Binglu edit

Imperial guards edit

"Departure Herald", 26 m (85 ft) in length, from the Jiajing reign period (1522-1566 AD); the painting shows the emperor's large procession heading towards the imperial tombs of the Ming emperors located roughly 50 km north of the capital Beijing. This painting is usually paired with another panoramic painting called "Return Clearing", 31 m (98 ft) in length, which shows the emperor returning to the capital from the tombs by river boat.
"Return Clearing", the companion scroll of the "Departure Herald"

Flags and banners edit

Jixiao Xinshu edit

Wubei Zhi edit

Paintings edit

Notable military figures edit

Notes edit

  1. ^ David M. Robinson; Dora C. Y. Ching; Chu Hung-Iam; Scarlett Jang; Joseph S. C. Lam; Julia K. Murray; Kenneth M. Swope (2008). "8". Culture, Courtiers, and Competition: The Ming Court (1368–1644) (PDF). Harvard East Asian Monographs. ISBN 978-0674028234. Archived from the original (PDF) on 6 October 2016. Retrieved 26 April 2019.
  2. ^ Martin Slobodník (2004). "The Relations Between The Chinese Ming Dynasty And The Tibetan Ruling House Of Phag-Mo-Gru In The Years 1368-1434: Political And Religious Aspects" (PDF). Asian and African Studies. 13 (1): 155–171 [166].
  3. ^ Michael E. Haskew; Christer Joregensen (9 December 2008). Fighting Techniques of the Oriental World: Equipment, Combat Skills, and Tactics. St. Martin's Press. pp. 101–. ISBN 978-0-312-38696-2.
  4. ^ a b c Robinson, David. “WHY MILITARY INSTITUTIONS MATTER FOR MING HISTORY.” Journal of Chinese History 1, no. 2 (2017): 297–327.
  5. ^ Frederick W. Mote; Denis Twitchett (26 February 1988). The Cambridge History of China: Volume 7, The Ming Dynasty, 1368-1644. Cambridge University Press. pp. 122–. ISBN 978-0-521-24332-2.
  6. ^ Stephen Selby (1 January 2000). Chinese Archery. Hong Kong University Press. ISBN 978-962-209-501-4.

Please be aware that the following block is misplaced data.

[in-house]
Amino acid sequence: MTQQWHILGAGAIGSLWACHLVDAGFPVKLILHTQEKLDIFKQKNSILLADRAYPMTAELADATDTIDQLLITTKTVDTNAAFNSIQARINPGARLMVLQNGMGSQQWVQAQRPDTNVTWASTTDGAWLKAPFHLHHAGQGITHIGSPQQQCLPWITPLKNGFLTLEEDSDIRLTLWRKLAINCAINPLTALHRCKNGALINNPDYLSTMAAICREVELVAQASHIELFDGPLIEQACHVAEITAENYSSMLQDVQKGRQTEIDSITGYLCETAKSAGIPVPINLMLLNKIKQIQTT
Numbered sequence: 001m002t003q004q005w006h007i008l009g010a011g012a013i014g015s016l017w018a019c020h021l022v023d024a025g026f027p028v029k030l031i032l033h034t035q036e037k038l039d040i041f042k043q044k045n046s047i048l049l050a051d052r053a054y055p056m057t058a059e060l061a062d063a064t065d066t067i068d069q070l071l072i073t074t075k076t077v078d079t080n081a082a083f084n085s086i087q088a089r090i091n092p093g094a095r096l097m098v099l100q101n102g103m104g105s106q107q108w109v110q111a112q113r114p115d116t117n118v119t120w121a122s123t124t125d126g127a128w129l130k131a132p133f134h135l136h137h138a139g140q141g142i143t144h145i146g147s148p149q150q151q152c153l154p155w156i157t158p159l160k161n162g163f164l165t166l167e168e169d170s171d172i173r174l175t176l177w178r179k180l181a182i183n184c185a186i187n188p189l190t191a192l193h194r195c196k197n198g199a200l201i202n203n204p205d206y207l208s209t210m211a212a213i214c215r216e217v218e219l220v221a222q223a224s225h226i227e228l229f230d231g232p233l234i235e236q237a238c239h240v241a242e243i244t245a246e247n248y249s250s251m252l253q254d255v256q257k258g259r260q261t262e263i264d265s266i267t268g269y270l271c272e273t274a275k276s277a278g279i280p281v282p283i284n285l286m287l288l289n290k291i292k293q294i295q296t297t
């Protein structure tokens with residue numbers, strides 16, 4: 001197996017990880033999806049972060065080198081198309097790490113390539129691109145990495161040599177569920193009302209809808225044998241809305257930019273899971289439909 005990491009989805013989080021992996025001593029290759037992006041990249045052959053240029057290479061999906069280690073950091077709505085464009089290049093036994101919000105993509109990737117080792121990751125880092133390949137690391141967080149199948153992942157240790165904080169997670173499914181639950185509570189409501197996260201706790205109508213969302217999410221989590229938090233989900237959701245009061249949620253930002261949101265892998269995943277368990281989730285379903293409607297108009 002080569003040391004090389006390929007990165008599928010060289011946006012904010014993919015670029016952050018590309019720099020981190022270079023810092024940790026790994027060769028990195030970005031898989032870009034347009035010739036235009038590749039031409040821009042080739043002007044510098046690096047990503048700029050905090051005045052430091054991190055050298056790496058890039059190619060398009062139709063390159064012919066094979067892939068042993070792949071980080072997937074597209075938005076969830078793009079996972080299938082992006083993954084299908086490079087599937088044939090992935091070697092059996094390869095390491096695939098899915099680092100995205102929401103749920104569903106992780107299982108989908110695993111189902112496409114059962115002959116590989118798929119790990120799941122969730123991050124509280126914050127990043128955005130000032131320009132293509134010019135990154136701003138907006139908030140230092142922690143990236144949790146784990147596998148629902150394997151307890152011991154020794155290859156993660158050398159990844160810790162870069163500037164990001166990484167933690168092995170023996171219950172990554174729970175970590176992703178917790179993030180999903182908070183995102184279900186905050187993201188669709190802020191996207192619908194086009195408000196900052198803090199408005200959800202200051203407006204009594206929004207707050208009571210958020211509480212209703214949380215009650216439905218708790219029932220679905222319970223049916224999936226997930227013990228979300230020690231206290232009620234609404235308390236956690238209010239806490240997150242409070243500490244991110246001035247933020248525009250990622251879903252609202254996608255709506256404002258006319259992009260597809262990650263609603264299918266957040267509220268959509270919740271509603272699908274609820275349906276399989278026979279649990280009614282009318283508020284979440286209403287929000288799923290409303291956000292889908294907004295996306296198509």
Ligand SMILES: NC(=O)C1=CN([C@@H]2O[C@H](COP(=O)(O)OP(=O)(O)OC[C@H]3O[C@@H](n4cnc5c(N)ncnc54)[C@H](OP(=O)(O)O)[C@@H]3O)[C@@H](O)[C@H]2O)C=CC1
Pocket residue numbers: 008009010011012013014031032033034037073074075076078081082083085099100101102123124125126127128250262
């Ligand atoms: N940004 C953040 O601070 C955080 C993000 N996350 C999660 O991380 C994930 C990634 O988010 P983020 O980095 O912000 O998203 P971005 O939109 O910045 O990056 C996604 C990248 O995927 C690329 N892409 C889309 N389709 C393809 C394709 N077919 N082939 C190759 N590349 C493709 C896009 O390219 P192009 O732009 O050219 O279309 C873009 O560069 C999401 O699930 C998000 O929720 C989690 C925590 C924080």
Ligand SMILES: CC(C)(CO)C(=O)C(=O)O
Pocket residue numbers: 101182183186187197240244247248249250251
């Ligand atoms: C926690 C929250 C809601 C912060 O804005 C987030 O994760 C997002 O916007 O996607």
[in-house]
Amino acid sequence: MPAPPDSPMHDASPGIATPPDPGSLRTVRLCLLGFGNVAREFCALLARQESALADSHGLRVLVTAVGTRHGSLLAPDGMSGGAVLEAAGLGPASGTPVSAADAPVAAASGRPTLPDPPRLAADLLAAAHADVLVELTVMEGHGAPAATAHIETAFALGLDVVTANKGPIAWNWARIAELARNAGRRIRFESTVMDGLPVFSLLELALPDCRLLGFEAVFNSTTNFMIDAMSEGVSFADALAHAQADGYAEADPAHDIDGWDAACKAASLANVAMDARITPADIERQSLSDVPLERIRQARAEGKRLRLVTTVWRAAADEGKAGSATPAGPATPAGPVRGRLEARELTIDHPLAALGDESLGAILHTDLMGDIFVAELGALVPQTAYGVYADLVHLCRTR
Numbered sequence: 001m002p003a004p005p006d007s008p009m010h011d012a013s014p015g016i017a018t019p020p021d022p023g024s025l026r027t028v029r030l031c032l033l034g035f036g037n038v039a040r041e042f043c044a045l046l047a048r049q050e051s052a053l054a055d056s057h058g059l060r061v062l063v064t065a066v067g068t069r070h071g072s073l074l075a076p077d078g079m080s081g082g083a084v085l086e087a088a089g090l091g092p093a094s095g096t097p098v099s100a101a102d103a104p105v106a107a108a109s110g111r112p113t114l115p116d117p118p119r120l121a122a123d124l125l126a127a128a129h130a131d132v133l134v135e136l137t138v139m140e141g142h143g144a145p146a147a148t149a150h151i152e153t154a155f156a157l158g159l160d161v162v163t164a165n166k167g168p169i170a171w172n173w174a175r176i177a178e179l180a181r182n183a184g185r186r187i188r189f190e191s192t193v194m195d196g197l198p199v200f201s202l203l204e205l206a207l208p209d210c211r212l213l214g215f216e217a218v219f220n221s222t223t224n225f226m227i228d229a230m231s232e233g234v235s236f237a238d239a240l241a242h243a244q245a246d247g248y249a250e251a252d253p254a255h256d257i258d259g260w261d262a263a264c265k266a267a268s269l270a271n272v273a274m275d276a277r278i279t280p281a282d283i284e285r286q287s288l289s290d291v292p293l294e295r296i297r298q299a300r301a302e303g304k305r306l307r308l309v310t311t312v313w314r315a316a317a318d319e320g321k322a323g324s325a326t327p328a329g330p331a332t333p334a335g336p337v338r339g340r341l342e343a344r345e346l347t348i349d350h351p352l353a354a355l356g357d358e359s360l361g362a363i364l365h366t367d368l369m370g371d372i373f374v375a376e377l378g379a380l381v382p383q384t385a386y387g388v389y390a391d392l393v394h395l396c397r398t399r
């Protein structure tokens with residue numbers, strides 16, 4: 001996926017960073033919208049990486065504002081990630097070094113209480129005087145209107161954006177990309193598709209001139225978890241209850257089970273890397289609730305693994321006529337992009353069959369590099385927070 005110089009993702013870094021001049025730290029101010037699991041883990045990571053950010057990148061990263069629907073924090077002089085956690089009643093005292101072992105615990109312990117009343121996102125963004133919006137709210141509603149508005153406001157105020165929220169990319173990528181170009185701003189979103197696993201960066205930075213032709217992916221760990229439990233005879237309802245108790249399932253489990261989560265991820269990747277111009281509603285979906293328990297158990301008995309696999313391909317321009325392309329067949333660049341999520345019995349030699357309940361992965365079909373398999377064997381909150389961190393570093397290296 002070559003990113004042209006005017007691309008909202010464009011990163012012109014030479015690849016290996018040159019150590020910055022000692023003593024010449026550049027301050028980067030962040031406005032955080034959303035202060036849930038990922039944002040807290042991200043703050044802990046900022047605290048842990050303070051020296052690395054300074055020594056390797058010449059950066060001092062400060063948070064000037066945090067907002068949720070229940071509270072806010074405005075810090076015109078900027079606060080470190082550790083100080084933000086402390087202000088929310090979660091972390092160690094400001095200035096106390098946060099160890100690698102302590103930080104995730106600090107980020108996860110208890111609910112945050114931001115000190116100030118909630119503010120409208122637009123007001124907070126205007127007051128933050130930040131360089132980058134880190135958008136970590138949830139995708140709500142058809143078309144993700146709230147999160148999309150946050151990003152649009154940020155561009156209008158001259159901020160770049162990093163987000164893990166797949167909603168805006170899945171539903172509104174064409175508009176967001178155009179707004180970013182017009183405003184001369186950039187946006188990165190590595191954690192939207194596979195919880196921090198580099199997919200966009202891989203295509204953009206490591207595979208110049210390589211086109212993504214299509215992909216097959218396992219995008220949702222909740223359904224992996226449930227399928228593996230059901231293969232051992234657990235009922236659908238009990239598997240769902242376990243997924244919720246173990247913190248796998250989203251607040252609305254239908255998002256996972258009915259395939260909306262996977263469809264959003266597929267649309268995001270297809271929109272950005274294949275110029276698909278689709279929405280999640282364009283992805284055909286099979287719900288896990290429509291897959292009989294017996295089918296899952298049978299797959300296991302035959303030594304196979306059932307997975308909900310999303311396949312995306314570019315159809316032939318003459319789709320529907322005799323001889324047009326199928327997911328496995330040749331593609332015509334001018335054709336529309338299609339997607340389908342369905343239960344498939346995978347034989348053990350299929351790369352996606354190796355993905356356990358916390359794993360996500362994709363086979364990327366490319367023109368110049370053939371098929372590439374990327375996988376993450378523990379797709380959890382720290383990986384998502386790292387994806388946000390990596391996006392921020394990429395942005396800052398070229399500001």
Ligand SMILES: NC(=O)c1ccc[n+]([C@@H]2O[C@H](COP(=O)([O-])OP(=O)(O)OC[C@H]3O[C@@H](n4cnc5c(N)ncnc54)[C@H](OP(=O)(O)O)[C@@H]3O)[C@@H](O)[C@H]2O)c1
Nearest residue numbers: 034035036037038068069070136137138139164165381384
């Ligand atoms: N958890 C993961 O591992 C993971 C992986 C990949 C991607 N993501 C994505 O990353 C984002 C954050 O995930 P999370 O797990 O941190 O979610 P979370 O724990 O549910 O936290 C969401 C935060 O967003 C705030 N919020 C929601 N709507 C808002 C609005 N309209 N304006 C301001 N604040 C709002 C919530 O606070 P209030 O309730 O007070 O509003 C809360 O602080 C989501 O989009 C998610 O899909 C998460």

7. ^ Edward L. Farmer (1995). Zhu Yuanzhang and Early Ming Legislation: The Reordering of Chinese Society Following the Era of Mongol Rule. BRILL. pp. 59–. ISBN 90-04-10391-0.
  8. ^ Sarah Schneewind (2006). Community Schools and the State in Ming China. Stanford University Press. pp. 54–. ISBN 978-0-8047-5174-2.
  9. ^ "Ming Empire 1368-1644".
  10. ^ Selby, Stephen. "ATARN Chinese Traditional Archery Training". Chinese Archery - An Unbroken Tradition?. Archived from the original on 12 October 2015. Retrieved 17 December 2010.
  11. ^ Lo Jung-pang (2012). China as a Sea Power, 1127-1368: A Preliminary Survey of the Maritime Expansion and Naval Exploits of the Chinese People During the Southern Song and Yuan Periods. NUS Press. pp. 103–. ISBN 978-9971-69-505-7.
  12. ^ a b c Wakeman 1985, pp. 25–30.
  13. ^ a b c Swope 2009, p. 19.
  14. ^ Szonyi 2017, p. 28.
  15. ^ Szonyi 2017, p. 2.
  16. ^ a b c d e Szonyi 2017, pp. 35–36.
  17. ^ a b Sim 2017, p. 234.
  18. ^ a b c Lorge 2011, p. 167.
  19. ^ a b Wakeman 1985, pp. 37–39.
  20. ^ a b Swope 2009, p. 21.
  21. ^ Swope 2009, p. 19-20.
  22. ^ Ray Huang, 1587. A Year of No Significance: The Ming Dynasty in Decline. New Haven, Conn.: Yale University Press, 1981. Page 160.
  23. ^ Swope 2009, p. 20.
  24. ^ Ming Shih, chapter 322, in Kwan-wai So, Japanese Piracy in Ming China During the 16th Century. East Lansing: Michigan State University Press, 1975. Page 181.
  25. ^ David M. Robinson “Military Labor in China, c. 1500.” Fighting for a Living: A Comparative Study of Military Labour 1500-2000, edited by Erik-Jan Zürcher, (Amsterdam University Press, Amsterdam, 2013), pp. 44–45.
  26. ^ a b David M. Robinson “Military Labor in China, c. 1500.” Fighting for a Living: A Comparative Study of Military Labour 1500-2000, edited by Erik-Jan Zürcher, (Amsterdam University Press, Amsterdam, 2013), pp. 46.
  27. ^ Ray Huang “Military Expenditures in Sixteenth Century Ming China.” Oriens Extremus, vol. 17, no. 1/2, (1970):39-62 pp. 43.
  28. ^ David M. Robinson “Military Labor in China, c. 1500.” Fighting for a Living: A Comparative Study of Military Labour 1500-2000, edited by Erik-Jan Zürcher, (Amsterdam University Press, Amsterdam, 2013), pp. 58-59.
  29. ^ Szonyi 2017, p. 83.
  30. ^ David M. Robinson “Military Labor in China, c. 1500.” Fighting for a Living: A Comparative Study of Military Labour 1500-2000, edited by Erik-Jan Zürcher, (Amsterdam University Press, Amsterdam, 2013), pp. 45.
  31. ^ Szonyi 2017, pp. 26–27.
  32. ^ Szonyi 2017, pp. 64–65.
  33. ^ a b Szonyi 2017, p. 68.